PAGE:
“He looked very hard for the notes that were most suggestive of the whole,” Dhani says, offering something close to a defining philosophy behind that rounded, softly glowing tone. There is something almost metaphysical about its loneliness. His lead guitar was never a “lead” in a traditional sense; it is just one voice in an imaginary choir. His lilting solo on “Something” is both foreground—you can sing every note of it—and background, as misty and distant as the orchestra behind it. You could never imagine reaching out and touching it.
Maybe it’s due to this remoteness that his style has quietly resisted cliché or aging out of fashion. Bands that would never cite rock-god contemporaries like Eric Clapton and Jimmy Page regularly namecheck him as an influence. “His chords were sometimes more a cluster of notes that, to my ears, are beautifully dissonant,” says Weezer guitarist Brian Bell, who recently took part in a massive benefit concert called George Fest. Like all Harrison acolytes, Bell’s appreciation zooms in on granular moments. “The turnaround lick over the last chord in the chorus of the Beatles’ ‘Help’ functions on many levels,” he explains. “It’s such an innovative use of the open G and B strings ringing out, while a minor 3rd shape chromatically descends below it.”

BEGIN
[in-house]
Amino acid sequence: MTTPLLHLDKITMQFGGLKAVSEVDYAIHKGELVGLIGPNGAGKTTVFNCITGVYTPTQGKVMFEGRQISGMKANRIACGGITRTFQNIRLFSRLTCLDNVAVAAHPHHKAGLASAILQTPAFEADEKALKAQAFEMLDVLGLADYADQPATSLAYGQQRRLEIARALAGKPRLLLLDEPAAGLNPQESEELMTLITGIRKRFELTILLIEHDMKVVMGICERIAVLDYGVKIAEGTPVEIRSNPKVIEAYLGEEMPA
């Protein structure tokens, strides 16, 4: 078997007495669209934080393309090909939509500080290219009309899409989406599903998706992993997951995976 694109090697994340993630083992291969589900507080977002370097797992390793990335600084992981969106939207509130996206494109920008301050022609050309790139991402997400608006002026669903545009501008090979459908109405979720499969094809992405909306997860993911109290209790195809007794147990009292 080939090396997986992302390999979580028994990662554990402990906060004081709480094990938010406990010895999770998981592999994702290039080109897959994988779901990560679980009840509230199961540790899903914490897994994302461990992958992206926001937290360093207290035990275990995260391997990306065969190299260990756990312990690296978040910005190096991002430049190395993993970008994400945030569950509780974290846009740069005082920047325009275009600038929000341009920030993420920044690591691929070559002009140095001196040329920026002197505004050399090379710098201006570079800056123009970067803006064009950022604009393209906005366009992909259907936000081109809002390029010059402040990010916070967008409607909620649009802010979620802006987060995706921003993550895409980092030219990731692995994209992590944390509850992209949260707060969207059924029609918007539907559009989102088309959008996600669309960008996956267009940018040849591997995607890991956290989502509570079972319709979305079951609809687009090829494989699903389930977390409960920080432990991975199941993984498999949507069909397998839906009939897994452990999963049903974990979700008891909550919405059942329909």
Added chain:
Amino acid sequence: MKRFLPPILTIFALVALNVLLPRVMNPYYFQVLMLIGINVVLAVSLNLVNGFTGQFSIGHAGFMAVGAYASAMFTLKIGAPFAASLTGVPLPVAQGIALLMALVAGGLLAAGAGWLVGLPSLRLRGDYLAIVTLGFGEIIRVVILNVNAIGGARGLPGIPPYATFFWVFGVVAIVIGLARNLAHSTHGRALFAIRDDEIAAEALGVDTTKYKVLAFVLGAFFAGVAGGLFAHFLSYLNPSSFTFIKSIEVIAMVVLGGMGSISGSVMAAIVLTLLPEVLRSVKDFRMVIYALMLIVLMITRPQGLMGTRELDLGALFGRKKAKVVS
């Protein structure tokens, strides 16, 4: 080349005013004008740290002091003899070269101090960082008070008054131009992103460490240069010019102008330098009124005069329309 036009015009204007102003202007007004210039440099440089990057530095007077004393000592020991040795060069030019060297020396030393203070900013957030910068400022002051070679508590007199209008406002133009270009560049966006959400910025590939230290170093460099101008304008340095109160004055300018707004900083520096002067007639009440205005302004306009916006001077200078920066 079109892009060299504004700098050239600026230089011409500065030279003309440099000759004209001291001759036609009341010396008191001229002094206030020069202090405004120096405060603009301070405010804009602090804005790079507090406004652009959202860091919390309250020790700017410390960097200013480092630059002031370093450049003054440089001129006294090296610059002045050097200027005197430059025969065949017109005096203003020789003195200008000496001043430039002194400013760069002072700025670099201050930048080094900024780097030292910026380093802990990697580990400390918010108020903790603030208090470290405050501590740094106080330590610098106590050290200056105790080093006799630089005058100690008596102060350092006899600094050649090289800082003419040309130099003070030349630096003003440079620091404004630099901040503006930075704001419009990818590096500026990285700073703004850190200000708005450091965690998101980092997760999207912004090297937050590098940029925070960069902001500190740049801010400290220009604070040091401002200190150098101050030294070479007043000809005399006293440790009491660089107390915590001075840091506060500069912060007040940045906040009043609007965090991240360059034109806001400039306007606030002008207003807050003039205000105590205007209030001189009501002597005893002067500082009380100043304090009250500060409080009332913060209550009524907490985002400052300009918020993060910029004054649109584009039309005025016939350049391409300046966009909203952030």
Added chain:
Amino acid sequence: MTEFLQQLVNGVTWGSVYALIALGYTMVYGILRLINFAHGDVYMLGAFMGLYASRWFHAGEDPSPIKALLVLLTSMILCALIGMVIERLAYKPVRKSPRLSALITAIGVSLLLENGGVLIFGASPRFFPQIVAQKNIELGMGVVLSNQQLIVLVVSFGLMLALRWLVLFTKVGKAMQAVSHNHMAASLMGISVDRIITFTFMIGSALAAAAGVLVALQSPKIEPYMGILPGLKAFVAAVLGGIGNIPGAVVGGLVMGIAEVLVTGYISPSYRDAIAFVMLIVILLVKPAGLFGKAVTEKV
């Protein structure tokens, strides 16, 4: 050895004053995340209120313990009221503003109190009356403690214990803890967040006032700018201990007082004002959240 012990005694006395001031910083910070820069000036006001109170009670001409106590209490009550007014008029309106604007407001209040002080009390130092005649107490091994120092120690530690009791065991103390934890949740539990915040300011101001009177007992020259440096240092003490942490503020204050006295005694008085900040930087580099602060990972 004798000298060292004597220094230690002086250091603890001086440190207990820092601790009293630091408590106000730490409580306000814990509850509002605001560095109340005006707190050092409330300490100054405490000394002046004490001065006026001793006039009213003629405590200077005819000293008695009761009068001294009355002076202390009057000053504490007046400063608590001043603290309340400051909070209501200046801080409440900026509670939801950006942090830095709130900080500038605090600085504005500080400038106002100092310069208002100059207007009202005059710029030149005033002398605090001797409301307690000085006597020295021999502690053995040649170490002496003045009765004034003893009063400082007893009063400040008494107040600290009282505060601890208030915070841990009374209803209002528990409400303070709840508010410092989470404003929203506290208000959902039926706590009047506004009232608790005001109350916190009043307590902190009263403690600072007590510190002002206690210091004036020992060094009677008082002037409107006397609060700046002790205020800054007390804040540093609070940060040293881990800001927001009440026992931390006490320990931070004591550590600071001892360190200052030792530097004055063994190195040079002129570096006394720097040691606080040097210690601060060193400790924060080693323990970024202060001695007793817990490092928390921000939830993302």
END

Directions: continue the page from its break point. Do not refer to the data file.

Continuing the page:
“He mixed playing chords and single-note runs similar to a jazz player,” agrees Matt Mondanile, guitarist for Real Estate. Mondanile is a similarly unshowy player, someone who seems to convey the meaning of every note he plays so completely that you occasionally forget to notice him. He hones in on the way Harrison’s lead lines wind around lead vocals. “I do that all the time,” he says. “On ‘Fake Blues’, ‘Beach Comber’, ‘Green Aisles’—basically any time an arpeggio floats around the melody, I'm playing Harrison,” he laughs.
When I ask Dhani which of his father’s guitar lines linger with him today, he points instantly to the opening of “I'd Have You Anytime” from All Things Must Pass. (“I think that's the Les Paul from ‘Gently Weeps’,” he muses.) Talking about the part, he uses the word “riff,” but it sits wrong—a “riff” is generally flashy, hard-angled, designed to snag your attention. The line on “I'd Have You Anytime”, with its hesitant dips and quavers and sudden, weightless leaps, rarely rises above a murmur. Like a lot of Harrison’s most lyrical playing, it feels more like a product of breath than hands.
This is not an accident. “When my dad was growing up, a lot of the pop music he loved had all these horn parts—Little Richard, Jerry Lee Lewis,” notes Dhani. “A lot of the great solos that he heard growing up were actually played on horns, and you can hear some of that turn up in his playing. As he got better and better, you started to hear less fret noise, and there was almost this laser-light quality to his sound—the pick disappeared.”